Starvation, tumour formation and molecular biology

It is always satisfying when the hints developed by epidemiology ae shown in experiments to be true.
Some epidemiological observations ( e.g. smoking and cancer of the lung and jumping from the 22nd floor of a building is fatal) stand in their own right.
Others point the direction
One such indicator is that starvation reduces the chances of tumour development.
Lee and his colleagues in a difficult paper show a relationship between tumour development and energy starvation.
Tumour formation is a process in which the normal control mechanisms are lost. A serine/threonine kinase ( mTOR) is central to a diverse range of cellular processes important in growth and proliferation. mTOR is increased in a number of malignant processes. There are two forms of mTOR with different regulatory functions. The tumour suppressors TSC1 and TSC2 regulate mTOR.. Loss of TSC1 or TSC2 leads to a tumour called hamartoma syndrome which is a none malignant growth.
By phosphorylating TSC2, the low energy response mediator AMPK inactivates mTOR dependent growth and proliferation. This phosphorylation of TSC2 has a protective role against energy starvation mediated apoptosis ( cell death ). Other substrates phosphorylated by AMPK lead to anabolic processes being inhibited and catabolic processes being activated.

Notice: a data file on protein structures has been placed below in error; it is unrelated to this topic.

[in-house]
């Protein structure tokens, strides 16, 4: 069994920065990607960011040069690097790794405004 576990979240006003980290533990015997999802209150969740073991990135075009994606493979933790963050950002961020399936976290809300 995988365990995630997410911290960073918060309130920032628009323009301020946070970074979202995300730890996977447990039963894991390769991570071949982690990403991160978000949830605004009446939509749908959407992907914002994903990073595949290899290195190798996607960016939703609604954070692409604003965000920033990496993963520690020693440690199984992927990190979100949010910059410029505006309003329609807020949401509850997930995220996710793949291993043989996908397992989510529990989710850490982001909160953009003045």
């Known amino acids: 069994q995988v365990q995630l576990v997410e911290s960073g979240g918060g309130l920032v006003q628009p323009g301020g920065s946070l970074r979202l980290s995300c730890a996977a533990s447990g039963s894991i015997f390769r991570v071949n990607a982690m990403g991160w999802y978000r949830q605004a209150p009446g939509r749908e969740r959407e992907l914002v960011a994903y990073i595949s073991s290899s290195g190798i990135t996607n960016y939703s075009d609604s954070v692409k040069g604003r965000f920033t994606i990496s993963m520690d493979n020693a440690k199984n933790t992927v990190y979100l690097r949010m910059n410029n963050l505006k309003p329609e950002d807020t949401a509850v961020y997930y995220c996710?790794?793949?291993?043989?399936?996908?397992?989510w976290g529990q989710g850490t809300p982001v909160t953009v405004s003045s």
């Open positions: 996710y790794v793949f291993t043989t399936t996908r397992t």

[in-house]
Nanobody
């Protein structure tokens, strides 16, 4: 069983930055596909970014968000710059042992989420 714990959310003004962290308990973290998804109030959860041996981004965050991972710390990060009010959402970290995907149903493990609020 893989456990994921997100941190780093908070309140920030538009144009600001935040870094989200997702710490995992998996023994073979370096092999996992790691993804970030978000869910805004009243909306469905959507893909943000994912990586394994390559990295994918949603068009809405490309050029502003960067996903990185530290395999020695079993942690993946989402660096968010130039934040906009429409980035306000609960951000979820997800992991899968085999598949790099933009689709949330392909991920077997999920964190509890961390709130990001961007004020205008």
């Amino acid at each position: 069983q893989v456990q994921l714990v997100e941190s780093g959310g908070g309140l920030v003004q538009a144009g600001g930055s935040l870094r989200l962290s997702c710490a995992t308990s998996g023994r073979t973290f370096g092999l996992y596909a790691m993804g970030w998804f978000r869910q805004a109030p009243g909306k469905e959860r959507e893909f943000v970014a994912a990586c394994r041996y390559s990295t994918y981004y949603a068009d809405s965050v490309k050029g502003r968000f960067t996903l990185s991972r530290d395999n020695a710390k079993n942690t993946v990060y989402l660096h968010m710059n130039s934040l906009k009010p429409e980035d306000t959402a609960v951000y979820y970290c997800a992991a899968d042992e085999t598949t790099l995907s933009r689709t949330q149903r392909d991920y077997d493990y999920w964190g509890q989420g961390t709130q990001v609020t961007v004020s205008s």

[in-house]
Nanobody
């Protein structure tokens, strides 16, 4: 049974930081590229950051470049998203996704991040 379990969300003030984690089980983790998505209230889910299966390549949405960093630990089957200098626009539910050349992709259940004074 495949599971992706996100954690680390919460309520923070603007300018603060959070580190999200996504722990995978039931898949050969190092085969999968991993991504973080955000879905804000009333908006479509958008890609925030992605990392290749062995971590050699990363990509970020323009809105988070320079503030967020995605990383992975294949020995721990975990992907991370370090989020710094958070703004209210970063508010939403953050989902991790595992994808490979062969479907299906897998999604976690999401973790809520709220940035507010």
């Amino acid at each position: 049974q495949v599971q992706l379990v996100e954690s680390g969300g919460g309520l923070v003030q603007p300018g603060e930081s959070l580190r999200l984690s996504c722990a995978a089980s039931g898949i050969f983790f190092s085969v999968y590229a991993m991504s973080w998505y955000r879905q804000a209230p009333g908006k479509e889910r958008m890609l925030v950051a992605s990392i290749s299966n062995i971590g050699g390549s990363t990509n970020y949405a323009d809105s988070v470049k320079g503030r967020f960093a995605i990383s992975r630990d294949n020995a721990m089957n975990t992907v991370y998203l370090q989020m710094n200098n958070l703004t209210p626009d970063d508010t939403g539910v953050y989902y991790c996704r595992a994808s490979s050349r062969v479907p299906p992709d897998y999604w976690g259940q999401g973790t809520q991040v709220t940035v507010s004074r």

AMPK also protects the cell cycle from stress by phosphorylation of the gene p53. Protein synthesis is also prevented.
Both energy starvation and DNA damage lead to p53 activation. mTOR activity increases p53 synthesis and activation in response to both glucose starvation and DNA damage. There is phosphorylation of p53 . p53 is a potent activator of apoptosis.
By means of the AMPK-TSC-mTOR pathway , p53 forms a negative feedback loop which keeps its own synthesis in check. Cells that cannot inhibit mTOR have increased p53 activity when activated.
Lee et al (2007) Constitutive mTOR activation in TSC mutants sensitises cells to energy starvation and genomic damage via p53. The EMBO Journal vol 26, 4812-4823.

Martin Eastwood
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